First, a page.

A federal agency has reversed its decision earlier this month to stop collecting and making risk adjustment payments to health insurers, announcing it would reinstate the payments.
The Centers for Medicaid and Medicare Services had said they would top making the payments in light of contradictory federal court rulings about the risk adjustment program, a key component of the Affordable Care Act.
The risk adjustment program rewards insurers participating in the individual market who take on riskier populations who are likely to require the insurer to pay more in claims.
In Maryland, CareFirst BlueCross BlueShield is the beneficiary of the program at the expense of Kaiser Permanente.
But despite the potential effects in Maryland, no one had yet taken any actions to deal with the repercussions of CMS’ initially decision to halt the payments.
CareFirst said it was concerned about that decision but remained committed to remaining in the Maryland market.
Maryland Insurance Commissioner Al Redmer said the original decision was unlikely to change anything for the 2019 rate-setting process and that Tuesday’s reversal was “no harm, no foul.”
“We think it’s good news,” he said. “It adds a little certainty back in the market, not that there was that much uncertainty created with the prior exercise. We’re glad the administration got it settled.”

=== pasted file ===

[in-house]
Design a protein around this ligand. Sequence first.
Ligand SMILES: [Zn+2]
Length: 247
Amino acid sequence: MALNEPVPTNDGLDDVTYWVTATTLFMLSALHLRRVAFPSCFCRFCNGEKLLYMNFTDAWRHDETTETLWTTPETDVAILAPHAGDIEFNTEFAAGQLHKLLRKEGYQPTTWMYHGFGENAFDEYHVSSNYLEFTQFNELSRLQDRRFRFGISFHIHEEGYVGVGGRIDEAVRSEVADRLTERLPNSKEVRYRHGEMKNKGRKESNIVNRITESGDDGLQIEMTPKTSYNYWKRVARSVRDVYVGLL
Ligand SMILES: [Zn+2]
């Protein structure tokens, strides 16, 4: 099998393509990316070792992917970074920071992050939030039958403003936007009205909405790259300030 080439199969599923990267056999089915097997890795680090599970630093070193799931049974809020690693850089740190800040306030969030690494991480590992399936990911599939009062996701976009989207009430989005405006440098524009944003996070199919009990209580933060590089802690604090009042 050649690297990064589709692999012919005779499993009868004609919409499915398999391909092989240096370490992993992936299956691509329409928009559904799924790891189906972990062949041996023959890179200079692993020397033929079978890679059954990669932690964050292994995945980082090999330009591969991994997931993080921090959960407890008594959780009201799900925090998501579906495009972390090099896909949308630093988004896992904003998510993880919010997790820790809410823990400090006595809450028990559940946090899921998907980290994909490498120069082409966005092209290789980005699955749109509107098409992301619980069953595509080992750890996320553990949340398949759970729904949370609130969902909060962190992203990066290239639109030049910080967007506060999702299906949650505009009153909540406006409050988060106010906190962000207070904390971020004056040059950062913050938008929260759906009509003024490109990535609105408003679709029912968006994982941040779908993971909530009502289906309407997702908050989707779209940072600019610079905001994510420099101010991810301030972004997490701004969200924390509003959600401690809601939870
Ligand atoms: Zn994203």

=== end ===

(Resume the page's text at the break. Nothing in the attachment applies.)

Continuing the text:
Risk adjustment payments are collected by CMS from some insurers and given to other insurers within state marketplaces based on the amount of risk insurers took on in their pools. The risk considers factors like medical loss ratio, or how much an insurer takes in in premiums compared to medical payments it makes.
Last year, CMS calculated that it made about $10 billion in risk adjustment payments.
“This rule will restore operation of the risk adjustment program, and mitigate some of the uncertainty caused by the New Mexico litigation,” Seema Verma, the CMS administrator, said in a statement. “Issuers that had expressed concerns about having to withdraw from markets or becoming insolvent should be assured by our actions today. Alleviating concerns in the market helps to protect consumer choices.”
A U.S. District Court judge in Arizona this year invalidated the method of calculating the payments based on a state’s average premiums that CMS had used. At the same time, a district court judge in Massachusetts ruled that the method is fine.
In wake of the conflicting decisions CMS decided to stop making the payments. But concern from stakeholders, including lawmakers and insurers, appears to have prompted the agency to reverse course.
The agency decided to reinstate the payments when it became apparent that the ongoing legal action would extend beyond August, when the payments and collections are scheduled.